44 Darwin to J. D. Hooker 9 May [1856] in CCD, vol. 6, p. 106. See the important

introduction to CCD, vol. 6.

45 John van Wyhe ed., Darwin's "Journal". frameset?pageseq=3&itemID=CUL-DAR158.1-76&viewtype=text.

46 Darwin to Wallace 22 December 1857 in CCD, vol. 6, p. 514.

47 Darwin to Lyell 18 [June 1858] in CCD, vol. 7, p. 107.

48 CCD, vol. 7, p. 107.

49 CCD, vol. 5, p. 537; CCD, vol. 6, p. 522.

6. Darwin wrote to Wallace to warn him off his patch

The final element under consideration here is as common as the rest, and follows quite logically from the previous elements. In May 1857 Darwin, now supposedly alerted by Lyell that Wallace was drawing nigh to his own conclusions, wrote to Wallace to warn him off his patch. Here is the letter passage in question:

By your letter & even still more by your paper in Annals, a year or more ago, I can plainly see that we have thought much alike & to a certain extent have come to similar conclusions. In regard to the Paper in Annals, I agree to the truth of almost every word of your paper; & I daresay that you will agree with me that it is very rare to find oneself agreeing pretty closely with any theoretical paper; for it is lamentable how each man draws his own different conclusions from the very same fact.—

This summer will make the 20th year (!) since I opened my firstnote-book, on the question how & in what way do species & varieties differ from each other.— I am now preparing my work for publication, but I find the subject so very large, that though I have written many chapters, I do not suppose I shall go to press for two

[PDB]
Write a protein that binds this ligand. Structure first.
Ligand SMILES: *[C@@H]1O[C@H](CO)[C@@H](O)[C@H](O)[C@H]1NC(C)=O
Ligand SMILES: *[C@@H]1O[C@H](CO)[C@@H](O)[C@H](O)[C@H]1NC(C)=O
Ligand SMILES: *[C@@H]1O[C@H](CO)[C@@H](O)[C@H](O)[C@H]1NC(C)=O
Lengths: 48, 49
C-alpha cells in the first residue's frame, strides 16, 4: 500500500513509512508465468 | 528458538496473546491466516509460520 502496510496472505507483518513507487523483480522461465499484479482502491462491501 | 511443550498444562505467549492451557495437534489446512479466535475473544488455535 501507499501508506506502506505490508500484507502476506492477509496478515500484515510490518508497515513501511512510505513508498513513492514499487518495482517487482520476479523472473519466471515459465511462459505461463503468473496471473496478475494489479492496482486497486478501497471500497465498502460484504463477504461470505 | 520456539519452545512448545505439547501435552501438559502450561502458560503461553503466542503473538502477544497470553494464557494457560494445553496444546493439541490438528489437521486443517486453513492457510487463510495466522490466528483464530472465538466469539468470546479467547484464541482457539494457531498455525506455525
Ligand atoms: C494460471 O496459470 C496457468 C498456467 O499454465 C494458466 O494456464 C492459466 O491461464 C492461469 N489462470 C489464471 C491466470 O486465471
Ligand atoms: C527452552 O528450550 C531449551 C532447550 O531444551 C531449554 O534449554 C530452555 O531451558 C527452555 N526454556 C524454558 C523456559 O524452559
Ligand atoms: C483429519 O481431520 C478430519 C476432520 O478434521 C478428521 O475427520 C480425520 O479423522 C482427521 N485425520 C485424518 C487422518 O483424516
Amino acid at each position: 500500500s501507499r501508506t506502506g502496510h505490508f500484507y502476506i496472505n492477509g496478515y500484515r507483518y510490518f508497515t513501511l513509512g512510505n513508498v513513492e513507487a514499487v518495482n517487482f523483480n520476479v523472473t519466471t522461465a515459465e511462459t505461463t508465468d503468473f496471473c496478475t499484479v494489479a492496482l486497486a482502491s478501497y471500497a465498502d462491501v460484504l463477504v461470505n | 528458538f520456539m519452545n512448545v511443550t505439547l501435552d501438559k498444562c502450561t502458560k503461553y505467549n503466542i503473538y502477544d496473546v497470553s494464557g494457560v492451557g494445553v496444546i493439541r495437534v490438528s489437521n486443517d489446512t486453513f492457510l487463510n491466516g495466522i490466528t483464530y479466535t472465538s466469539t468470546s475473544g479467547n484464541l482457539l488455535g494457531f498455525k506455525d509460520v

Gertrude Himmelfarb may have been the first to introduce this version of the story in 1959. In this letter, she wrote, Wallace was 'duly warned off (Himmelfarb, 1959, p. 202). Once this more dramatic interpretation was introduced, it was frequently repeated. Darwin biographers Desmond and Moore noted that 'Wallace -Creationist or not - was receiving the nicest kind of trespass notice.'51 In her acclaimed biography, Janet Browne also wrote that 'Darwin was warning him off.'52 And Bill Bryson told the millions of readers of his best-selling A short history of nearly everything (2003): 'Darwin had discreetly warned Wallace that he regarded the subject of species creation as his exclusive territory.' Bryson was therefore surprised that 'Wallace failed to grasp what Darwin was trying to tell him.'53

But, as demonstrated above, Darwin had no idea that Wallace was approaching his patch. As far as Darwin could see, Wallace had not even reached his own understanding of branching descent as first depicted in Darwin's now famous Notebook B tree of life sketch from 1837. And most clearly and importantly of all, the interpretation that Darwin was issuing a half-veiled warning is contradicted by the fact that Darwin was referring more and more often to his work-in-progress species book to his correspondents at this time.54 As he was with so many others, Darwin was simply telling Wallace what he was working on. It was, after all, quite true. Darwin really was about two years away from publishing his book. As the editors of Darwin's correspondence pointed out: 'Seen in the context of other letters written at this time, Darwin's remarks to Wallace about his work on species and the preparation of his manuscript... seem innocuous and hardly the veiled threat that some historians have read into his words.'55 Wallace, for his part, found the letter